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UFC middleweight Uriah Hall has opened up on the disastrous weight-cut for his January bout with Vitor Belfort. 

Hall failed to report to the early weigh-ins during the two-hour window allocated to fighters, forcing the cancellation of the bout. Afterwards, it was reported that Hall had suffered extreme difficulties during his weigh-in, suffering a seizure backstage which precluded him from stepping on the scales.

Not only did Hall confirm the reports of a “mini seizure”, he also stated in January that he suffered a “slight heart attack” backstage.

Now, some four months later, he has elaborated on what occurred in an interview with ESPN.

“I was walking to the elevator and boom, just like that, I collapsed,” Hall said to Brett Okamoto.

“I was in the elevator holding on to my best friend — apparently I bit him, to hold on to him. I passed out again…woke up and there were EMTs, a guy was trying to get a needle in me, and I remember swinging. I wasn’t in control of my body.

“I woke up in the hospital and was screaming for water. ‘Give me water! Give me water!’ They said, ‘We can’t give you water yet,’ for whatever reason. I grabbed my sister and said, ‘Tell them to please give me a sip of water.’ I never felt so thirsty in my life. They finally gave me a sip, and I passed out.”

The 13-8 fighter described what he suffered as “acute kidney failure” brought on by his attempt to make the 186-pound middleweight limit, which he said was made more difficult as a result of several incidents in the weeks before the fight.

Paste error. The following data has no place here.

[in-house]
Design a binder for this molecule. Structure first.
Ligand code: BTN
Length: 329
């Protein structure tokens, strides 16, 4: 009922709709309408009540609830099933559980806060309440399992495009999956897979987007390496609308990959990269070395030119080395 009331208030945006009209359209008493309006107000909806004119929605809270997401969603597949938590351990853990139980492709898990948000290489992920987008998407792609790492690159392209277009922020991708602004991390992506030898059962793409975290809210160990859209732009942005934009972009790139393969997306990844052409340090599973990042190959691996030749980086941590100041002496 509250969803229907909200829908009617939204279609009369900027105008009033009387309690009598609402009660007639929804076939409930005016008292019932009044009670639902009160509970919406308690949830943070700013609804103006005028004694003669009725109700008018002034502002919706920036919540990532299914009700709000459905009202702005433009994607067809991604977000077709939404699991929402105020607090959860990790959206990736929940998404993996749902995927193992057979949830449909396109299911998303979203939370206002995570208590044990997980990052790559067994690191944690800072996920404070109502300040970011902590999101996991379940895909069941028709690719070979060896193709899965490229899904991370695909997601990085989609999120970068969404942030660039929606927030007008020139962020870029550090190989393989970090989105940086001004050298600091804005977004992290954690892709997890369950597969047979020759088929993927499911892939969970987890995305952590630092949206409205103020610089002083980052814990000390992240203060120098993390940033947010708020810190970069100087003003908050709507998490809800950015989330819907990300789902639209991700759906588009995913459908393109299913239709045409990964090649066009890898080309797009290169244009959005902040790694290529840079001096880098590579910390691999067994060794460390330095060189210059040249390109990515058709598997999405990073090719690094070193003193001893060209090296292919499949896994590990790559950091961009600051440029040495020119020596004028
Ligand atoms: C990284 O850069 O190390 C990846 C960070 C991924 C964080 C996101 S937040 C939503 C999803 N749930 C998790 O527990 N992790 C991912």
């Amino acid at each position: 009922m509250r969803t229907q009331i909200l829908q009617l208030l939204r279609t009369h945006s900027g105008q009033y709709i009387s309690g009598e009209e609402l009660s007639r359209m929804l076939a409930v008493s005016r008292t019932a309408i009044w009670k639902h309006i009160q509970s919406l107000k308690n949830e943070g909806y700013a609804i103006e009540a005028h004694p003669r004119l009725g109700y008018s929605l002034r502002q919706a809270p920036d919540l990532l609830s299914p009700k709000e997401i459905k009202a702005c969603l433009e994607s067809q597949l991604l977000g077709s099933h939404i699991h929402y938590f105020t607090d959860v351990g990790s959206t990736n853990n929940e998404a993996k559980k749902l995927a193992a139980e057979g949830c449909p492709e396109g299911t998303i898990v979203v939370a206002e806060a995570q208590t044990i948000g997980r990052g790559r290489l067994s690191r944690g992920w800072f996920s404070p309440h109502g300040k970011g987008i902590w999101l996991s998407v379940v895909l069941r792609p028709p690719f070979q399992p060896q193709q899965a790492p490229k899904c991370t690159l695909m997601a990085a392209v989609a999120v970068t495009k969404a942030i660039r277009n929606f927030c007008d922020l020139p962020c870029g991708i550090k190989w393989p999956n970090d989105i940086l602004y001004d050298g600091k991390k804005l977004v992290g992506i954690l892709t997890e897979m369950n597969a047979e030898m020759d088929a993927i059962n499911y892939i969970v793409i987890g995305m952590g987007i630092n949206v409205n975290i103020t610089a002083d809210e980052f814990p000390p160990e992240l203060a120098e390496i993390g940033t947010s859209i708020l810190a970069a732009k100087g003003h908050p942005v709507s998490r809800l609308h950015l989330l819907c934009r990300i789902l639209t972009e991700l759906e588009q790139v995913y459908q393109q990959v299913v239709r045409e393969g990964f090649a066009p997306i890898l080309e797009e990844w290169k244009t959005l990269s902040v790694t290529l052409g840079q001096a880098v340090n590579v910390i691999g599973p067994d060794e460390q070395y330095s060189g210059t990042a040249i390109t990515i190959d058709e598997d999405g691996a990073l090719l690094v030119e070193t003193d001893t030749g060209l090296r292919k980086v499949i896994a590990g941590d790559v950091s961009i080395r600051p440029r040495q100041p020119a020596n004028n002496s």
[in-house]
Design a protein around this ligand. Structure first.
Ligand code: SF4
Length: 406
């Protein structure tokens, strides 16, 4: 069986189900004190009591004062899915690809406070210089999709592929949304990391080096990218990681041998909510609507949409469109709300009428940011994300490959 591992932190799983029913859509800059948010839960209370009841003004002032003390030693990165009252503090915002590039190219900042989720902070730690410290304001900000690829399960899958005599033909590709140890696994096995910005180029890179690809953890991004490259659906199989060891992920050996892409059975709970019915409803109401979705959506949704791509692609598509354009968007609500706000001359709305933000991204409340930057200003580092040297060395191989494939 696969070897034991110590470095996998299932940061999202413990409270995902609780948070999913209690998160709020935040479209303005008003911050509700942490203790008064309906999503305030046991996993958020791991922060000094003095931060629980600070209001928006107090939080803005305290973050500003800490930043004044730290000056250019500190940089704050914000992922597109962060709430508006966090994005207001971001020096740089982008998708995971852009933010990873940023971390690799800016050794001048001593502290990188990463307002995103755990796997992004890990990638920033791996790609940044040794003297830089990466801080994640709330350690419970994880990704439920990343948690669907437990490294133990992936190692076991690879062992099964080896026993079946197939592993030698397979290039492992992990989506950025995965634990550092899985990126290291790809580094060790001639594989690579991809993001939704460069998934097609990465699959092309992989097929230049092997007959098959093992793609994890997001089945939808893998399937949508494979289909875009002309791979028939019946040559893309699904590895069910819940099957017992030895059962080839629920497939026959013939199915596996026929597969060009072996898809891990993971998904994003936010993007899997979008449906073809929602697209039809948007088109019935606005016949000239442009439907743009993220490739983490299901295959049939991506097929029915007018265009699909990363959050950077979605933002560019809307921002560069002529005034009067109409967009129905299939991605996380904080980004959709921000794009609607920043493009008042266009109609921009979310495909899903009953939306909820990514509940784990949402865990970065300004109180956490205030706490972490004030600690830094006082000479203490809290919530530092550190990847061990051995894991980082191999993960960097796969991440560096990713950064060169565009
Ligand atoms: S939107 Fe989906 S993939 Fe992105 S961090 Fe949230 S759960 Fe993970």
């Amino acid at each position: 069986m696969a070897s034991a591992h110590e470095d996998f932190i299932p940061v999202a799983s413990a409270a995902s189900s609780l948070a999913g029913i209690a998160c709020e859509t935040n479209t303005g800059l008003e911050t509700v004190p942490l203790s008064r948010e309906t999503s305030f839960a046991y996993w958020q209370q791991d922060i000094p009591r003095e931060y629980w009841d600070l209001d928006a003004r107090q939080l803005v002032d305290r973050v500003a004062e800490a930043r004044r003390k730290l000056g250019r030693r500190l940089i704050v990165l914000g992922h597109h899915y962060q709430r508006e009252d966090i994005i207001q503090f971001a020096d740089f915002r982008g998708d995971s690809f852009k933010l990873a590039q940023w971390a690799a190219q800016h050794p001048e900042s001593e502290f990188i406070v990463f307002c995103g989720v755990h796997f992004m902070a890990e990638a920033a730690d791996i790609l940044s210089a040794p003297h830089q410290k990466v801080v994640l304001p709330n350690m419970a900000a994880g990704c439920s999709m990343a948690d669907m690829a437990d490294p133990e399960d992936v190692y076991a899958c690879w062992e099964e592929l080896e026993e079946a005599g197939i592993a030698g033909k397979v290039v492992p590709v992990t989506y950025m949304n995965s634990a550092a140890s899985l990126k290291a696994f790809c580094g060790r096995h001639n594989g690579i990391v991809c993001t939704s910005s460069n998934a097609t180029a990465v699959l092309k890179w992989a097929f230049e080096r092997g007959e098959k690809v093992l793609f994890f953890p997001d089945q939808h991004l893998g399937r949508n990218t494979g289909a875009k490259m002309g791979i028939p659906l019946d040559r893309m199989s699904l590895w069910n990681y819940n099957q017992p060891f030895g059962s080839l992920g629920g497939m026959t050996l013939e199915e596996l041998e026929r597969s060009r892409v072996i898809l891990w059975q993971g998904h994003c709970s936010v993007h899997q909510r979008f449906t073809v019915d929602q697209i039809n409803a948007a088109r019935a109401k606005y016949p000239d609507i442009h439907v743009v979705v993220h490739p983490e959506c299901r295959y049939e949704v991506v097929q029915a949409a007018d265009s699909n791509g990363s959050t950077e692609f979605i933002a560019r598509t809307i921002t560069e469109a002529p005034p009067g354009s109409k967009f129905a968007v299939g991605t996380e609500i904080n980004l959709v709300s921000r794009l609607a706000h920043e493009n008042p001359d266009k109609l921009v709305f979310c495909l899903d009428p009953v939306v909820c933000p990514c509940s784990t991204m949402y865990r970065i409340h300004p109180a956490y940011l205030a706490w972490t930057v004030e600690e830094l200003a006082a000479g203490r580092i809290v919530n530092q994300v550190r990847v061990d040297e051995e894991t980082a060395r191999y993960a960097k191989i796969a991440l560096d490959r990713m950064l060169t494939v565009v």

“Two weeks prior to the fight, my coach, Robert Follis, took his life. That really affected me. And one of my best friends, we had to stop talking. It just made me really stressed out. I’ve cut weight over 20 times. I’m used to it. That one margin of error, that’s what cost me. I neglected a health issue. I didn’t pay attention to my body. My will took over — I would say my ego took over. There’s a time you need to listen to your body.”

The practice of weight-cutting has come under considerable criticism in recent times, with several fights in recent UFC history being canceled or amended due to failed cuts, though Hall appears to suggest that unless safety measures are implemented you can’t count on the fighters to do so themselves.

“As close as I felt to death, I knew I was good,” Hall said. “It’s a psychological thing, training your body and mind. You got nothing left but there’s that little hope. For a lot of people who aren’t athletes, to step foot into that uncomfortable situation — you’re basically gonna kill yourself when you fight, anything can happen — it’s hard to understand that mentality.

“The realm of a fight’s existence is to step outside of your comfort zone for a split second — to be so ridiculously uncomfortable that it’s frightening and scary — and only a few people have accomplished that. I’m one of those trying to accept that. One reason I’m doing it is because I’m frightened by it and I’m trying to understand it.”